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Why I love Nepal - Tukche

Tukche is a village on the Annapurna Circuit.   Once a thriving post on the salt route between Tibet and India, many beautiful old buildings are left to crumble and decay.

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We have been passing through Tukche for years and this is the first time we saw this door open.   Of course, we went in and explored.

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The walls had residual murals, and upstairs - which we would not attempt due to the obvious danger - there were some particularly beautiful paintings.  

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The inner courtyard still had the remnants of a prayer flag.   We were later told by Didi Sherchan who runs the Tukche Distillery that this house had been abandoned after the widow left for Kathmandu.   Her children had moved to the big city many years before and the cost of upkeep of their family house was prohibitive.

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Here I am outside a gate.

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Dan and I traditionally take photos of each other outside this building.  As you can see, the mountains were out in full force that day, even though these photos were taken in the 'off-season' of mid-June.

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The old route through Tukche is by-passed by the new road.   Notice the typical Nepali fluffy curled tail of the dog.

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We stayed in a guest house here in town.   I have never seen a cleaner hotel.   This place was spotless, with delicious food.  I believe this was the Tukche Guest House.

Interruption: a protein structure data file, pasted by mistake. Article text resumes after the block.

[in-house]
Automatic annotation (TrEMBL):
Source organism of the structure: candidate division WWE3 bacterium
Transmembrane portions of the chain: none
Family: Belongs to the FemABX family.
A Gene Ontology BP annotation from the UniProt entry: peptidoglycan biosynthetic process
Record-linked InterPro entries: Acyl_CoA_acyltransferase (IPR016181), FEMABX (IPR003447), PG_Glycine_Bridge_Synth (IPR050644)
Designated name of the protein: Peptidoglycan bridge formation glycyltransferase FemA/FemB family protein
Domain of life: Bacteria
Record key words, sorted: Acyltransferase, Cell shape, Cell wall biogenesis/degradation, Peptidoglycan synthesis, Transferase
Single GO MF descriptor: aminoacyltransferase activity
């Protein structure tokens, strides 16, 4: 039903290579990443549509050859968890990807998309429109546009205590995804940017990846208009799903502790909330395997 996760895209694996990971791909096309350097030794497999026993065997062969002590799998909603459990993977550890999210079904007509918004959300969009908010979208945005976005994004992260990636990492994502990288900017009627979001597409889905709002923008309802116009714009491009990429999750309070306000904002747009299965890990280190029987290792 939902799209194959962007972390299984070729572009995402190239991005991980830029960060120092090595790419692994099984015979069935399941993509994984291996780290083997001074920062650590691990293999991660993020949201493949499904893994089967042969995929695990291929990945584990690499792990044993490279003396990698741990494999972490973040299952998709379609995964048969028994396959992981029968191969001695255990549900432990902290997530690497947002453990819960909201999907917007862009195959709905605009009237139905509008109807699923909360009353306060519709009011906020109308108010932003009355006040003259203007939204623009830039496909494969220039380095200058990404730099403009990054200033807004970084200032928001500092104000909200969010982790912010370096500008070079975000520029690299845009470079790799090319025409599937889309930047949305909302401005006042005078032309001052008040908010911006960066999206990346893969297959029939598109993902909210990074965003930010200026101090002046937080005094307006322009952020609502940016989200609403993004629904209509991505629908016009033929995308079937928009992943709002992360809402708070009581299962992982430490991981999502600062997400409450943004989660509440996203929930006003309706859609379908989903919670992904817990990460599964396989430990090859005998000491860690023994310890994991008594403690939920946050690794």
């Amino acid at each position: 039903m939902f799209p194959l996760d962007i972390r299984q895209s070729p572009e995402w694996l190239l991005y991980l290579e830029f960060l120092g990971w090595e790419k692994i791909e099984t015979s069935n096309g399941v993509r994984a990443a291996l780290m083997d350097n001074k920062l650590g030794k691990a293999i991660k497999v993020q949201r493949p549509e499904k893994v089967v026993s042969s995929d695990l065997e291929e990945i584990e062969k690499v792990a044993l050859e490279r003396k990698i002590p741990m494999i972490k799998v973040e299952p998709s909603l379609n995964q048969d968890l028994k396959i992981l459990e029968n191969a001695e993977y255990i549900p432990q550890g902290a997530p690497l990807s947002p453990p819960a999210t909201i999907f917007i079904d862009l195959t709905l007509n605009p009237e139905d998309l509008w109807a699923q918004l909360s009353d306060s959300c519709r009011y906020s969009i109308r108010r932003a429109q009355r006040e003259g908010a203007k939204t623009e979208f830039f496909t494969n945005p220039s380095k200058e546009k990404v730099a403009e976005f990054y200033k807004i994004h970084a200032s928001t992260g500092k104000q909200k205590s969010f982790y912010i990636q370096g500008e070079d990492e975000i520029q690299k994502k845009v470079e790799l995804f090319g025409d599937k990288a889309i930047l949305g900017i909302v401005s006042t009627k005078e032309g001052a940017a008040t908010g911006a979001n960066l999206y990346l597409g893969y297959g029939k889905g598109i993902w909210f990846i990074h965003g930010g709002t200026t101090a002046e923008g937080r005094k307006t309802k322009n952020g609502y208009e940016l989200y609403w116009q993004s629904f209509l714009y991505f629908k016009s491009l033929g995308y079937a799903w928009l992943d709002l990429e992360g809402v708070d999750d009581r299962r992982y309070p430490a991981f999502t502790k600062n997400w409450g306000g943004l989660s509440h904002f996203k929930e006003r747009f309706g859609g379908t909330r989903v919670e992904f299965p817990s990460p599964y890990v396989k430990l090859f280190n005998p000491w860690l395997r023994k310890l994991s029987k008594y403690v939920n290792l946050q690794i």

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They also had wonderful apple cider.   Here is our view from one of three windows in our room.   The price was 80 rupees for a double room and there are approximately 75 rupees to the dollar.    Quite a bargain!    Since it was not season, we had the whole hotel to ourselves.   There were 4 different dining rooms both indoor and out.   

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There is a long mani-wall on the outskirts of town in Tukche.

Also in Tukche there is a fabulous restaurant named the High Plains Inn.  Run by a Dutch man and his Nepali wife, this is the place to go for such exotic fare as Nasi Goreng and Dewey Egbert coffee.   Their homemade spinach lasagne with a fresh tomato or pesto sauce is a particular treat.   Homemade brown bread is available.  We always make it a point to stop there for lunch while staying in Marpha, walking 2 hours each way.

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That 2 hour walk is not a hardship when the views are like the one above.   We have found that the road from Marpha to Tukche is best done on the west side of the Kali Gandaki, thus avoiding the dusty road and motor traffic.  

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These two cows outside of Tukche seem to be enjoying a roll in the marijuana that grows wild by the side of the road.

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Papaver somniferun (Opium poppies) growing outside a gompa in Tukche.   These are for decorative use only.

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This Nepali Dog relaxes in the shade.   He is losing his thick winter coat.   Notice how well-swept the streets are throughout this post.   

Please stay tuned for more on trekking in the Himalayas.

More tomorrow.

Comments

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Felicia Fields-Izumitani

This is beautiful, interesting and amazing Michelle. thanks so much for sharing. Love ya, Felicia

generic propicia

i like this part of the post:"The inner courtyard still had the remnants of a prayer flag. We were later told by Didi Sherchan who runs the Tukche Distillery that this house had been abandoned after the widow left for Kathmandu. Her children had moved to the big city many years before and the cost of upkeep of their family house was prohibitive." is very good

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